[2] MOUNTAINS Ch.6 at (Derleth’s) 2nd-to-last para.[Luckhurst p. 239]: You say “storey” (twice in sentence) [Luckhurst] should be "story" (“no one set of carvings […] told more than a fraction of any connected story, nor did we even begin to come upon the various stages of that story in their proper order”) [Derleth, Joshi]. “Storey” is standard in Britain, but only when applied to the storey of a building (not a narrative). Luckhurst, it seems, has misapplied his own spelling policy.

[3] MOUNTAINS, Ch.10, (Derleth’s) last para. [Luckhurst p. 270]: You claim “were places” should be “were in places” (“through the carvings were in places rather sparse”) [Joshi, Luckhurst]. Derleth supports Joshi here; and there is clearly a word missing.

[4] MOUNTAINS Ch.12, at (Derleth’s) 2nd-to-last para. [Luckhurst p.284]: You claim that “bygone, reading” [Luckhurst] should be "bygone reading" [Derleth, Joshi]. Yeah, that comma obviously does not belong there.

You identify five (5) more Luckhurst errors, where Joshi is supported by Derleth, but not clearly supported by context. If this is enough to declare Luckhurst in error, then Joshi is also full of errors (1500 of them, by his own boast). I'm happy with this, but perhaps you are not.

[5] MOUNTAINS Ch.2 at (Derleth’s) 5th-to-last para [Luckhurst p.203]: We have “gangliar centres” [Luckhurst] versus "ganglial centres” [Joshi] versus “ganglial centers” (“Though excessively primitive and archaic in some respects, the thing had a set of ganglial centers and connectives arguing the very extremes of specialized development.”) [Derleth]. Internal evidence is no help -- “gangliar” and “ganglial” are recognized forms; and both mean the exact same thing. I would use Derleth’s reading. However, the assumption that this reflects HPL’s copy is rather tentative -- it is conceivable that Derleth was only familiar with one form of the word (“ganglial”) and therefore corrected what he mistakenly thought was a typo. But if you are in the mood to quibble about trivial spelling differences, there is little doubt that the final draft has “centers”, not “centres” (and the narrator is American). So, if such trivia matters, Luckhurst and Joshi are both wrong.

[6] MOUNTAINS Ch 7 at (Derleth’s) para. [Luckhurst p.242]: You claim “pteridophyta” [Luckhurst] should be "pteridophytes" (“The beings multiplied by means of spores – like vegetable pteridophytes, as Lake has suspected”) [Joshi, Derleth]. This may be wrong, but not for the reasons you say. There is nothing “faux-scholarly” about Pterydophyta. It is the name of a genus, & arguably ought to be capitalized; whereas “pteridophytes” refers to members of the genus, and perhaps need not be capitalized. But even that is too pedantic for me. All I am willing to admit is that it should be whatever HPL says. Perhaps this was printed in ASTOUNDING as “pterydophyta” and HPL (given a choice between changing it to “Pterydophyta” or to “pteridophytes”), chose the latter option. But either one would have been correct. Still, the only GOOD reason it is wrong is because (trusting Derleth) it does not match HPL’s hand-corrected copy, which is HPL’s last draft.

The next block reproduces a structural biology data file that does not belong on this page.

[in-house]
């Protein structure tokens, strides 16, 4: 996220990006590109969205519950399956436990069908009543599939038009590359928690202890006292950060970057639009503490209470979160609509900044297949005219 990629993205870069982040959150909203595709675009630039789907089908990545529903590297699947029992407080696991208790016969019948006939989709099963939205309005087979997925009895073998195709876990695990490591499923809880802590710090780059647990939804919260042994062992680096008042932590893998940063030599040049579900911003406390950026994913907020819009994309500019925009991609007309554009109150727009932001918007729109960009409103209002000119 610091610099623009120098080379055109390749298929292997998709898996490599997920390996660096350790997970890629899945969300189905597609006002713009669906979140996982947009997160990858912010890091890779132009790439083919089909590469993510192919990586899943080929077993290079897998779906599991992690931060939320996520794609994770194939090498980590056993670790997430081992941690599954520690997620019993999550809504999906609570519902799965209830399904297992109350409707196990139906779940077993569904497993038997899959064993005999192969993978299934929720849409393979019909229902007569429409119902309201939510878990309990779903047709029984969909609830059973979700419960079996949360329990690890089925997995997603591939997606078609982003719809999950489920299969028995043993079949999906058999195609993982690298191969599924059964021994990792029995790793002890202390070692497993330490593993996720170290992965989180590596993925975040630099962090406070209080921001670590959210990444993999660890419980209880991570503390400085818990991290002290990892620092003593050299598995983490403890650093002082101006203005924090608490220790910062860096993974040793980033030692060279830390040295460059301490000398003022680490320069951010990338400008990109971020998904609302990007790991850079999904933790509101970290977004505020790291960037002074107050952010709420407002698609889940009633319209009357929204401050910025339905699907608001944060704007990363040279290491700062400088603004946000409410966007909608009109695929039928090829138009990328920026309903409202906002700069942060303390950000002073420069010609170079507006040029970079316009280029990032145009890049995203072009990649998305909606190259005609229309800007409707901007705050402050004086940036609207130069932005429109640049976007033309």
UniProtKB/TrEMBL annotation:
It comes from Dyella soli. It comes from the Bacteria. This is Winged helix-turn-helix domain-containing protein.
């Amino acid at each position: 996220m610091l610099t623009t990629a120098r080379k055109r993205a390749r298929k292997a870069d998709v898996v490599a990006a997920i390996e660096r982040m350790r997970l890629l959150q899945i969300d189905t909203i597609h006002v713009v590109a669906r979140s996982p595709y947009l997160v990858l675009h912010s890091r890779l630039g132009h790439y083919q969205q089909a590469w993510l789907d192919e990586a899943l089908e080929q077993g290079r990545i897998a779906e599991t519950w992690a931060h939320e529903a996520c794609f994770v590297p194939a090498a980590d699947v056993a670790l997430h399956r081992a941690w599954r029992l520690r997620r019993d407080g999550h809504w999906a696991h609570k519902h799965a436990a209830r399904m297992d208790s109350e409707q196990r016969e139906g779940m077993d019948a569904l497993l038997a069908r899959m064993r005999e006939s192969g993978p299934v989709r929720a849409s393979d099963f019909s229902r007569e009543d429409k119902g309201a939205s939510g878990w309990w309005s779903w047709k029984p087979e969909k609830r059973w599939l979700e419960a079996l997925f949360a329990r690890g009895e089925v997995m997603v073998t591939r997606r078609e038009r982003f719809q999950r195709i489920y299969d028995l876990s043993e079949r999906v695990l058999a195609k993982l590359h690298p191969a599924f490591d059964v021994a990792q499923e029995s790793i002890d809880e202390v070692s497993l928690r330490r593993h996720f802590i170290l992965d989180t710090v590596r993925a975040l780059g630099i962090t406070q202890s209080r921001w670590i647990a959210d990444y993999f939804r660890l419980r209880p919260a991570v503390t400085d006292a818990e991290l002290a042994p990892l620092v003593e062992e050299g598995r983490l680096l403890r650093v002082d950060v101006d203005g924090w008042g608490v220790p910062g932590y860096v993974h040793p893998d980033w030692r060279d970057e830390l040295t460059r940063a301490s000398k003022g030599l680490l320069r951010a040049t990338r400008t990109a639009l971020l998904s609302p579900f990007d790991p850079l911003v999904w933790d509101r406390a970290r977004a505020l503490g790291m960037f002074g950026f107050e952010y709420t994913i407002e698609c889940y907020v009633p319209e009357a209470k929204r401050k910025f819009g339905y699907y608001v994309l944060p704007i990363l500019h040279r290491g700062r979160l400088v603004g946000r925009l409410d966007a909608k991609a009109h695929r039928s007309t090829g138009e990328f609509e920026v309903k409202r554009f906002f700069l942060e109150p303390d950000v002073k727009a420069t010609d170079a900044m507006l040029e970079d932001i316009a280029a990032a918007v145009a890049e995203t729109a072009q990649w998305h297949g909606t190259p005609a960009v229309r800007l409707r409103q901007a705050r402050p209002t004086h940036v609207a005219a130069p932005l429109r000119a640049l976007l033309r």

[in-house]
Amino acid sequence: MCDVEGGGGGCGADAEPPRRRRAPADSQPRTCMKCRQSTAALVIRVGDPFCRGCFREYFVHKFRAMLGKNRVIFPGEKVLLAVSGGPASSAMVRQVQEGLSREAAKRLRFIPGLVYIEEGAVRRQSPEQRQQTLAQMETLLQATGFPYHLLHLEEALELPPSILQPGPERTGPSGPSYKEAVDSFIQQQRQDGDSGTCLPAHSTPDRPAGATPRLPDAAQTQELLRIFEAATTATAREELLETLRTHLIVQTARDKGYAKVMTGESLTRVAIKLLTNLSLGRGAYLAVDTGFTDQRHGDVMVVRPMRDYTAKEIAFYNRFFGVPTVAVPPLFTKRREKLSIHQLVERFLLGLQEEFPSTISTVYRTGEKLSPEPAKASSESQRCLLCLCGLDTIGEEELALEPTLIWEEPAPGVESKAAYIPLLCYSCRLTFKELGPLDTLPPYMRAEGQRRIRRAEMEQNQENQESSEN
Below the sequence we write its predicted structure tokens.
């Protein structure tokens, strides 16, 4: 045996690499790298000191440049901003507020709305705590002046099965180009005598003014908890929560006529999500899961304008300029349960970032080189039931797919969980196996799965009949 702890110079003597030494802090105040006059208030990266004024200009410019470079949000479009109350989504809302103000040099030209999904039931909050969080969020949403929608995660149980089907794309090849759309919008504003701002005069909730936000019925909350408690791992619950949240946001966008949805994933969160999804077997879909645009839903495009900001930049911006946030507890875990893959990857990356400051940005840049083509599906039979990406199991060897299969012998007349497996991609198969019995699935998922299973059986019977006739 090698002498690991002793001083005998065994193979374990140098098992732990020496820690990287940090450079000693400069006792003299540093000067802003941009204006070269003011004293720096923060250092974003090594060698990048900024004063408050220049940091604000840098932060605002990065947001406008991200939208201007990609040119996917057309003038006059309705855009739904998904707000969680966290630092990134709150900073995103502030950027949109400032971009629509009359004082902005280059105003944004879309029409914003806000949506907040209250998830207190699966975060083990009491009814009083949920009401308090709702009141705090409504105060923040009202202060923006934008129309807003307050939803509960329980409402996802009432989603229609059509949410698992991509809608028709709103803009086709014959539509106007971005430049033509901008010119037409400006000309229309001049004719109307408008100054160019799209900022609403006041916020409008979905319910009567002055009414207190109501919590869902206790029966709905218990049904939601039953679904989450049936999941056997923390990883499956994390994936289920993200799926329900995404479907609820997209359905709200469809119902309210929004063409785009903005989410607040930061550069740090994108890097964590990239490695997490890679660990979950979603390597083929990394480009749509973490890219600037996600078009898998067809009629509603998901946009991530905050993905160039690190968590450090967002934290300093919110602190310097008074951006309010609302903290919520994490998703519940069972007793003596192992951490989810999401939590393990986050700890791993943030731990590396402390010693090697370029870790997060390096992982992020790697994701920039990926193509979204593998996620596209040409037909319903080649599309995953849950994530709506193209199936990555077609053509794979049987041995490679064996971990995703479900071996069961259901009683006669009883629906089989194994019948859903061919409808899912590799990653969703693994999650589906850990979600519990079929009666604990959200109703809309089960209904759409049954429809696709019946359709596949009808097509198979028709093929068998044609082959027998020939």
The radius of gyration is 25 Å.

[7] MOUNTAINS Ch.7 at (Derleth’s) para.11 [Luckhurst p.245]. You claim “Then, suddenly,” (2 commas) [Luckhurst] should be “Then suddenly” (no commas) (“Then suddenly the lands of the Pacific sank again”) [Derleth, Joshi]. Perhaps so (per Derleth); but is it really worth our time to squabble about commas? Do you imagine, for a minute, that Joshi is innocent of tinkering with punctuation? I have tried to avoid things this trivial in my own list, for fear of boring folks to death.

[8] MOUNTAINS Ch.9 at (Derleth’s) para.11 [Luckhurst p.259]. You claim “primal masonry.” (with a period) [Luckhurst] should be "primal masonry--” (with a long-dash) (“how the madness of a lone survivor might have conceived the inconceivable – a wild trip across the monstrous mountains and a descent into the unknown primal masonry--”). You use a lot of words to endow this minor variation in punctuation with enormous significance (“The full stop robs it of that sense of reluctance, repugnance, and ingrained skepticism”, etc. etc.) I simply cannot see the enormous significance you claim, and believe Joshi is correct only because Derleth supports him.

[9] MOUNTAINS Ch. 11 at (Derleth’s) para.9 [Luckhurst 273-4]. You claim that “paraphernalia! Poor Lake. Poor Gedney. And poor Old Ones!” [Luckhurst] should be “paraphernalia … poor Lake, poor Gedney … and poor Old Ones!” [Joshi, Derleth], except that you misquote Luckhurst as “paraphernalia? Poor Lake. Poor Gedney. And poor Old Ones!”, and then waste a lot of words explaining why this non-existent question mark matters. You say the text has been “utterly mangled” by these minor changes. I think it makes no practical difference, and that if an actor were to read the passage aloud, you would be hard-pressed to tell which version he was reading. BTW, I doubt Luckhurst is following the magazine here. He probably just observed that “poor Lake” is an exclamation, and that treating it the continuation of a longer sentence is perhaps not strictly correct. But I would follow Derleth, just to be textually conservative.